Applemont is an experienced player in housebuilding and general construction around East Yorkshire and Hull. Their knowledge of the Hull owner occupier market is sound – and clear evidence of this is shown by the keen early sales interest in the Hessle scheme.  

Eleven reservations have been taken on the fifteen new houses in the first phase and, of these, only one purchaser has a house to sell. Among the initial purchasers are seven first time buyers and six have paid a reservation fee. Six viewings over a recent weekend suggest ongoing demand for the scheme.  

The agreed sales prices already exceed the Savills valuation by £27,500 and currently stand at £2,057,500 in aggregate 

Craig Swales of Applemont said of the new deal, “It’s fantastic for a small developer to have this facility and flexibility. The ability to refinance on the move gives us much-needed agility in a fast-changing world and CapitalStackers make it so easy to adapt our scheme and raise the right money when needed”. 

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CapitalStackers is authorised and regulated by the FCA. Investment through CapitalStackers involves lending to property developers and investors. Your capital is at risk. Investments through this and other peer to peer lending platforms are not covered by the Financial Services Compensation Scheme. Unless otherwise stated, returns quoted are annualised and gross of tax.
Call us on: Office: 0161 979 0812 | Steve: 07774 718947 | Sylvia: 07464 806477

CapitalStackers – the hottest new concept in peer-to-peer lending – has added considerable weight to its board with the recruitment of new director Tony Goldrick.

The online platform specialises in property investment and development deals secured by commercial and residential real estate, so Tony’s considerable experience in both the banking and property sectors enhances the company’s powerful presence in this market.

After 30 years working for Royal Bank of Scotland, Tony spent the second half of his career in real estate finance – having established the bank’s first dedicated regional property lending team in Manchester in 1999. The success of the team led to expansion across the north of England, and at its height Tony and his team were managing more than £5.5bn of lending.

Tony is a well-known face in the real estate sector, with a wide range of contacts with developers, investors, property agents, banks, and other professionals.

Since leaving RBS in 2012, he has been advising a number of large regional property development and investment companies, and will continue in this role, complementing his involvement with CapitalStackers.

“This is an exciting addition to the board” said Steve Robson, CapitalStackers’ Managing Director.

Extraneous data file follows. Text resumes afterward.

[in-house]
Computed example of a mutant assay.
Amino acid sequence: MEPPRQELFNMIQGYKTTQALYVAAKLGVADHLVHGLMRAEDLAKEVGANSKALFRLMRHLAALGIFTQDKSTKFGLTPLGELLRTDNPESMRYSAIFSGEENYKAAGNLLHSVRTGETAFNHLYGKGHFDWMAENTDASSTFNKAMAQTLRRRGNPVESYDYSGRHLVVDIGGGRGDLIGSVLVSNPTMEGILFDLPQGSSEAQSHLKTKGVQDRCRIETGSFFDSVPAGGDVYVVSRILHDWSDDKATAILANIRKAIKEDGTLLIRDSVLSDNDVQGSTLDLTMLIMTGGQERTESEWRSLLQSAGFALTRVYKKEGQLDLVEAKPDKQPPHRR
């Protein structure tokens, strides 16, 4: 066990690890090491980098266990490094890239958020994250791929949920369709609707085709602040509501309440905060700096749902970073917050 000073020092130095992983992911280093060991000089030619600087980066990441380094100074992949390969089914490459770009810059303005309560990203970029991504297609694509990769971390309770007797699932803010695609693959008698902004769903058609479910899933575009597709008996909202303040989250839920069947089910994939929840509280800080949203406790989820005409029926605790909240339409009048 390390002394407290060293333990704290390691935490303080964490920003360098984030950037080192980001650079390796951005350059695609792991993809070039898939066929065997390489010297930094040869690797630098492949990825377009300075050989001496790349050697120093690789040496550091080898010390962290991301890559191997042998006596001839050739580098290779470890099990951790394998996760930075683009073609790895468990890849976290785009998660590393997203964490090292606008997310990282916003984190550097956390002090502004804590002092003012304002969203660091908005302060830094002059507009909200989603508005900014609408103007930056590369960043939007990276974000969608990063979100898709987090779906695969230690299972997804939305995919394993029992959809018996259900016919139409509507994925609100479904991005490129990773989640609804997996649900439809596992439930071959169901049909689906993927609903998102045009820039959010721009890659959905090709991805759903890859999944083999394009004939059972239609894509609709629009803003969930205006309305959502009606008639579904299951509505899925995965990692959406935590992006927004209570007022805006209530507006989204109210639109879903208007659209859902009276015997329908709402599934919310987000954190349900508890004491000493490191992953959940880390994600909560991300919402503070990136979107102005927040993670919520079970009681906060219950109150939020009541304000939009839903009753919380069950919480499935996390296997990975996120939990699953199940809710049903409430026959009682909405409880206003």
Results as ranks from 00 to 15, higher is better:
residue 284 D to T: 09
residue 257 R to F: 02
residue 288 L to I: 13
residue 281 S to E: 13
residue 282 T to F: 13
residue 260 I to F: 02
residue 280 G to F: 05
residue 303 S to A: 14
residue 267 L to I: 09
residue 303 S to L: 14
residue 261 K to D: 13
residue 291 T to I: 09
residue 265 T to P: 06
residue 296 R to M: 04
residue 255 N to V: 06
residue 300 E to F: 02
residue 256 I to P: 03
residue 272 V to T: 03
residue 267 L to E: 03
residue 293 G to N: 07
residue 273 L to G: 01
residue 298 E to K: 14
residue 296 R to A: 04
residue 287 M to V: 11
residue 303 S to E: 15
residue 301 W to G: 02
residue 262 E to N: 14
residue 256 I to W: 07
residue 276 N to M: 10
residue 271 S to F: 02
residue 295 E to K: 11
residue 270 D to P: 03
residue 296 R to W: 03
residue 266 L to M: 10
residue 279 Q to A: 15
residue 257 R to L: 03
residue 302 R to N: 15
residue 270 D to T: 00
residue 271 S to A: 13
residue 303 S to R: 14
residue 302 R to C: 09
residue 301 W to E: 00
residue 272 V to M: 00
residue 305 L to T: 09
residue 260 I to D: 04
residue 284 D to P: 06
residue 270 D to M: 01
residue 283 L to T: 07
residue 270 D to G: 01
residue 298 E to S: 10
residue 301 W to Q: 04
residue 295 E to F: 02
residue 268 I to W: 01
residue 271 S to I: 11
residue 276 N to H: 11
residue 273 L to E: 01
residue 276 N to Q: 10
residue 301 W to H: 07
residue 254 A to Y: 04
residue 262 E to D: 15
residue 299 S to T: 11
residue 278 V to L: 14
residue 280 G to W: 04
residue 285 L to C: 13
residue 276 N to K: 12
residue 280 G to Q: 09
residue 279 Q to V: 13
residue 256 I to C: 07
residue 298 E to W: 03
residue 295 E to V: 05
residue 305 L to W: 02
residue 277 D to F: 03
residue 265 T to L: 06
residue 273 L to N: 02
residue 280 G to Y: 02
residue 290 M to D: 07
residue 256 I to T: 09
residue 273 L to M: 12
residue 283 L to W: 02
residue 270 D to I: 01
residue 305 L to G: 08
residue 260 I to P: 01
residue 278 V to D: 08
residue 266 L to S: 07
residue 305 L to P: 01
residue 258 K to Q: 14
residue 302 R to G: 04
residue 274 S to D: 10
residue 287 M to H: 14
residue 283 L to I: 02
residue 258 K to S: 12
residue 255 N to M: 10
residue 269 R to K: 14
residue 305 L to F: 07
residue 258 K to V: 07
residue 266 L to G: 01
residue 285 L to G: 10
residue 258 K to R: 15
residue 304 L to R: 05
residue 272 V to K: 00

“His experience and knowledge of real estate really complement our existing team and I look forward to working closely with Tony to push the business forward”.

As part of the pre-launch activities Steve Robson, Managing Director of CapitalStackers presented his new model at the highly successful Great British Private Investor Summit in London in March – unveiling an inventive template which augments traditional bank lending, allowing private and corporate investors to tailor their risk and return profile.

It’s likely to be a particularly attractive vehicle for investors, given that all loans are secured by commercial and residential real estate. The North West based firm has gained a lot of attention in this embryonic, but fast growing and dynamic sector.

CapitalStackers aims to be the first-choice destination for investors looking to finance property investments and development schemes. It’s the ideal platform for high net worth individuals or sophisticated investors with a minimum of £5,000 to invest, looking to achieve a better deal than the more traditional investment routes offer.

It is supported financially and professionally by Hallidays Ltd – a firm of accountants with an admirable reputation. CapitalStackers and Hallidays already have a successful track record in changing the world of property finance and information technology. In 1999 they set up pi-FRAME Ltd, a specialist software house which sells real estate lending risk analysis software to banks and property lending boutiques.

The CapitalStackers team have huge property lending experience and can introduce investors to well-structured and secured real estate lending deals, setting up relationships with experienced property entrepreneurs and giving attractive risk-weighted rewards.

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CapitalStackers is authorised and regulated by the FCA. Investment through CapitalStackers involves lending to property developers and investors. Your capital is at risk. Investments through this and other peer to peer lending platforms are not covered by the Financial Services Compensation Scheme. Unless otherwise stated, returns quoted are annualised and gross of tax.
Call us on: Office: 0161 979 0812 | Steve: 07774 718947 | Sylvia: 07464 806477